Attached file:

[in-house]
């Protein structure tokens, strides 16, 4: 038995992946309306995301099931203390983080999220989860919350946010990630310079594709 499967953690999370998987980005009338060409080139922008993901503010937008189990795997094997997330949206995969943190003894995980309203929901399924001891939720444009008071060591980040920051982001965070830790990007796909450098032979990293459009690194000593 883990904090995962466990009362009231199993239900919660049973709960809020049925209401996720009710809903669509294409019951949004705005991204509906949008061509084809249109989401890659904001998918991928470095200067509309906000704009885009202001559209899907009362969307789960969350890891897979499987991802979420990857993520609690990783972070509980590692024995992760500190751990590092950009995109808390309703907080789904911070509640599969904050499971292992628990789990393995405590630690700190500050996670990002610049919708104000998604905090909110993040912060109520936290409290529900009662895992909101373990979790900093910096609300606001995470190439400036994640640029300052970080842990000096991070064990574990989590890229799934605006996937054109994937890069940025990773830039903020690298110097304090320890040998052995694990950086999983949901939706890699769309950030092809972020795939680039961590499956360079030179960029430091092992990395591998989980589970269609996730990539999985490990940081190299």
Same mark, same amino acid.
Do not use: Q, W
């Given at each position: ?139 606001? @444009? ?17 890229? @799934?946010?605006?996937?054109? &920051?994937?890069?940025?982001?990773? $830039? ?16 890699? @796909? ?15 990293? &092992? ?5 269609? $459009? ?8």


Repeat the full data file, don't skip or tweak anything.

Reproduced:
[in-house]
């Protein structure tokens, strides 16, 4: 038995992946309306995301099931203390983080999220989860919350946010990630310079594709 499967953690999370998987980005009338060409080139922008993901503010937008189990795997094997997330949206995969943190003894995980309203929901399924001891939720444009008071060591980040920051982001965070830790990007796909450098032979990293459009690194000593 883990904090995962466990009362009231199993239900919660049973709960809020049925209401996720009710809903669509294409019951949004705005991204509906949008061509084809249109989401890659904001998918991928470095200067509309906000704009885009202001559209899907009362969307789960969350890891897979499987991802979420990857993520609690990783972070509980590692024995992760500190751990590092950009995109808390309703907080789904911070509640599969904050499971292992628990789990393995405590630690700190500050996670990002610049919708104000998604905090909110993040912060109520936290409290529900009662895992909101373990979790900093910096609300606001995470190439400036994640640029300052970080842990000096991070064990574990989590890229799934605006996937054109994937890069940025990773830039903020690298110097304090320890040998052995694990950086999983949901939706890699769309950030092809972020795939680039961590499956360079030179960029430091092992990395591998989980589970269609996730990539999985490990940081190299």
Same mark, same amino acid.
Do not use: Q, W
């Given at each position: ?139 606001? @444009? ?17 890229? @799934?946010?605006?996937?054109? &920051?994937?890069?940025?982001?990773? $830039? ?16 890699? @796909? ?15 990293? &092992? ?5 269609? $459009? ?8």